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Countries are struggling to fund new premium priced medicines with ever increasing prices. In addition, there are substantial savings as medicines lose their patents. This requires coordinated approaches. Models are being developed centering on three pillars: pre-launch including horizon scanning; peri-launch including pricing and reimbursement (P & R)/ risk sharing; and post-launch including assessing effectiveness (1,2). This will continue to enable access to safe, effective and affordable medicines.
Desk research of regulatory and other relevant policy documents as well as a thorough and extensive literature search in peer-reviewed databases were conducted.
Models to optimize the use of new medicines are being developed. These center on three pillars: pre-launch activities including horizon scanning with a specific focus on unmet needs, drugs expected place in therapy, drugs preliminary budget impact and forecasting (including medicines likely to lose their patents); peri-launch activities including P & R assessment and assessments of risk sharing arrangements; and post-launch activities include assessing the effectiveness and safety of new medicines in routine clinical care (1,2). Pre-launch activities to agree the number of potential patients for new cancer medicines resulted in hospitals staying within budget (3); and health authorities that had instigated activities pre-launch saw limited excess bleeding with dabigatran (3). Risk-sharing arrangements have increased access to new medicines; however, concerns with their confidential nature and administrative burden (2,3). Qualitative and/or quantitative approaches are also being developed to better value (new) medicines. There is also growing use of patient level data post launch, for example, studies highlighted concerns with dabigatran prescribing in Spain and anti-obesity medicines in Sweden. Long-term follow-up studies have shown greater effectiveness of ciclosporin versus tacrolimus for transplants despite the rhetoric.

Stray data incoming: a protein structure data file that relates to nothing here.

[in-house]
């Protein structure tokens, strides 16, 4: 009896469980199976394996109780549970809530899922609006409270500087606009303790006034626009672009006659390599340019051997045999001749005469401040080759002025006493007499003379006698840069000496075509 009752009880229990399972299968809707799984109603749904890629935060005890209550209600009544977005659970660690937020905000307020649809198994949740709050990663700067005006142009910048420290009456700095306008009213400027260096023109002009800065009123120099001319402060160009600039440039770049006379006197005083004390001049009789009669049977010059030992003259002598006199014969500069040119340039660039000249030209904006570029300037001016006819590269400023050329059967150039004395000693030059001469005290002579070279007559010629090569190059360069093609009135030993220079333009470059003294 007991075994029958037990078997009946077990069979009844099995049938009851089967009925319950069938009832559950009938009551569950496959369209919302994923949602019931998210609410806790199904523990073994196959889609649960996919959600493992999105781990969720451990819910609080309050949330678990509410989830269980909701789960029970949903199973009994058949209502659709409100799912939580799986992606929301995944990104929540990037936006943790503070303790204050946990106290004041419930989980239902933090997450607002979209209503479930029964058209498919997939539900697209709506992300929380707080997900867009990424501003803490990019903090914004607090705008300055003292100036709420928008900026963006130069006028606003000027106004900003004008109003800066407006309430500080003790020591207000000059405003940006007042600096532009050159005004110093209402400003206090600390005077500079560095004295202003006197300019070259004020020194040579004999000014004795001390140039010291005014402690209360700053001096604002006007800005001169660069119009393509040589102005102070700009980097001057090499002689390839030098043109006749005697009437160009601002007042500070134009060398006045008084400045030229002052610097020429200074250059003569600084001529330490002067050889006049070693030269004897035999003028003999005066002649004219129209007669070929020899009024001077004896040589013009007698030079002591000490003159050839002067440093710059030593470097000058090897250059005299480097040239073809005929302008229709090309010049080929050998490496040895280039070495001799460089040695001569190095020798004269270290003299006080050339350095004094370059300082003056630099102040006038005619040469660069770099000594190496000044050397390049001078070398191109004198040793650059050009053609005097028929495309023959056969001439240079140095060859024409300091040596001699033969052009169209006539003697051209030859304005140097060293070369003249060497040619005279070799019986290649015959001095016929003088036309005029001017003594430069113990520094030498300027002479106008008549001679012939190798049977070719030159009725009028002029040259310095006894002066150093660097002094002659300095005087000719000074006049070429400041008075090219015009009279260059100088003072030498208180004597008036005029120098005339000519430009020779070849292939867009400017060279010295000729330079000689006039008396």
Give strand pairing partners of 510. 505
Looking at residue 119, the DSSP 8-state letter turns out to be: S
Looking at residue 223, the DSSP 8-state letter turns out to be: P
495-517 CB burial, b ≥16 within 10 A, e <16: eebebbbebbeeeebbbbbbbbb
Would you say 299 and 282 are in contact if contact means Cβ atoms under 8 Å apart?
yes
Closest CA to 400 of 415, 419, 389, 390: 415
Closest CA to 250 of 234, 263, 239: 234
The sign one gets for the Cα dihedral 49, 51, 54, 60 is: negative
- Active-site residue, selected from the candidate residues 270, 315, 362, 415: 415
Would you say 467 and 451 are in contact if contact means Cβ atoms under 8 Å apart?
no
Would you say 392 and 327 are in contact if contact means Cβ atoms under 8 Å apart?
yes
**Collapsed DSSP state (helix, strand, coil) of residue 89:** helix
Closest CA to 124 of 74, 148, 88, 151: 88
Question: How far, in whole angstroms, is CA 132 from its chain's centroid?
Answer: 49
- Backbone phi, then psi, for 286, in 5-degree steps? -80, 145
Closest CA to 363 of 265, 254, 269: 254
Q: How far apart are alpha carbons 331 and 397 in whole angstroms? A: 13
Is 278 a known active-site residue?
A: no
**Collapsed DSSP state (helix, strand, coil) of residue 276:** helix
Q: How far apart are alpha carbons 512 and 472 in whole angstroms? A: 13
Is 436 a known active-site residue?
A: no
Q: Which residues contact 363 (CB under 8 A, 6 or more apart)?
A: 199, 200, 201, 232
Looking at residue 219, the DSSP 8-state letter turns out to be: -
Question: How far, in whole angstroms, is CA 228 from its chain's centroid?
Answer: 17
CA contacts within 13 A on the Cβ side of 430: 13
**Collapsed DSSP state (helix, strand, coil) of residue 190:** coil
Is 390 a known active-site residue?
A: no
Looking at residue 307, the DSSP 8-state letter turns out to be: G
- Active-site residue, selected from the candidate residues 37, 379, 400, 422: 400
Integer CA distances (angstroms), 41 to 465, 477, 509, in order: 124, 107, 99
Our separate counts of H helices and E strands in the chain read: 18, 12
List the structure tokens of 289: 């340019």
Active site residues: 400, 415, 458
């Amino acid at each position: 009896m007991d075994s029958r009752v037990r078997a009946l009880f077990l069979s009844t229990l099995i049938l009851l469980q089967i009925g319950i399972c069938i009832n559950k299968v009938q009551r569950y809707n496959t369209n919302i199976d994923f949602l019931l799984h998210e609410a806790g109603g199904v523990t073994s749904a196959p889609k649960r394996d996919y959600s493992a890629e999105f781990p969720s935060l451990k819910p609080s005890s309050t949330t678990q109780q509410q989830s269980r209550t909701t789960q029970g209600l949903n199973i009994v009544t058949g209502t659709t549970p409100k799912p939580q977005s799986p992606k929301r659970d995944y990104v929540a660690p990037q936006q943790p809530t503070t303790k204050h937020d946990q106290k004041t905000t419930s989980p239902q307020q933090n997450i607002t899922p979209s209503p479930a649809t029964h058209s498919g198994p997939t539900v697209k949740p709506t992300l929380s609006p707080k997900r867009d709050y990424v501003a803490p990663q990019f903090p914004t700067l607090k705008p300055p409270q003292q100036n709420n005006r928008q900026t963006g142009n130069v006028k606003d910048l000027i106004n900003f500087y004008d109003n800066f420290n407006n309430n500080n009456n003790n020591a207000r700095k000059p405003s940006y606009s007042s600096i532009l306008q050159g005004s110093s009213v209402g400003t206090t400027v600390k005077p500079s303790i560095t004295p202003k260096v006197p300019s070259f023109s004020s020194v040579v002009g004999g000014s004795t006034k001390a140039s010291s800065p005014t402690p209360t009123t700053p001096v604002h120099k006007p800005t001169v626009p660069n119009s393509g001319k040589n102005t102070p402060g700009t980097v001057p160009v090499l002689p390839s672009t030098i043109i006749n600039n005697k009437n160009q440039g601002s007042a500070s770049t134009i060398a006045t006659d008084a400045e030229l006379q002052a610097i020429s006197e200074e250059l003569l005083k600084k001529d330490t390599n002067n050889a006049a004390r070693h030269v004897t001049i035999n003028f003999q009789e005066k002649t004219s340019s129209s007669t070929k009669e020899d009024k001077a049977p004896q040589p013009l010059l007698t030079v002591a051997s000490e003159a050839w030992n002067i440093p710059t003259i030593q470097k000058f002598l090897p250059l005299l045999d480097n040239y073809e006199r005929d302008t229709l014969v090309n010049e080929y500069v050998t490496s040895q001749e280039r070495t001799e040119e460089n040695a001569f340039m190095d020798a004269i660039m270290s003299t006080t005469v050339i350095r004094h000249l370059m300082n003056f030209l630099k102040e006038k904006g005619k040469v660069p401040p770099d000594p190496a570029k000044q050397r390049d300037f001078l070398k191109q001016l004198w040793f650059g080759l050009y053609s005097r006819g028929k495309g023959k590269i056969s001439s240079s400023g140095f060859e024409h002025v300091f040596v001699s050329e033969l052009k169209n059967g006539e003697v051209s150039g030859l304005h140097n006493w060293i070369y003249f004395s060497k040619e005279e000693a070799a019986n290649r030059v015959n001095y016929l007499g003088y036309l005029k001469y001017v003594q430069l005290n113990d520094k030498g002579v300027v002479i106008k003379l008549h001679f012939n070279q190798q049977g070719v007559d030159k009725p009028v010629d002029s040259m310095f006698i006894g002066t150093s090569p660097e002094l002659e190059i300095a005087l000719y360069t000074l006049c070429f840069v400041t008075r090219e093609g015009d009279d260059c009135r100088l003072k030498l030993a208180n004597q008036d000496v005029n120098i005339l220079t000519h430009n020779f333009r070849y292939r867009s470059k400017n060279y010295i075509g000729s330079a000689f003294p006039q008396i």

Stakeholders in the healthcare field are working together and developing methods to increase funding for new valued medicines whilst restricting their use where there are concerns to optimize resource use. This will (need to) continue to enable access to safe, (cost-) effective and affordable medicines.
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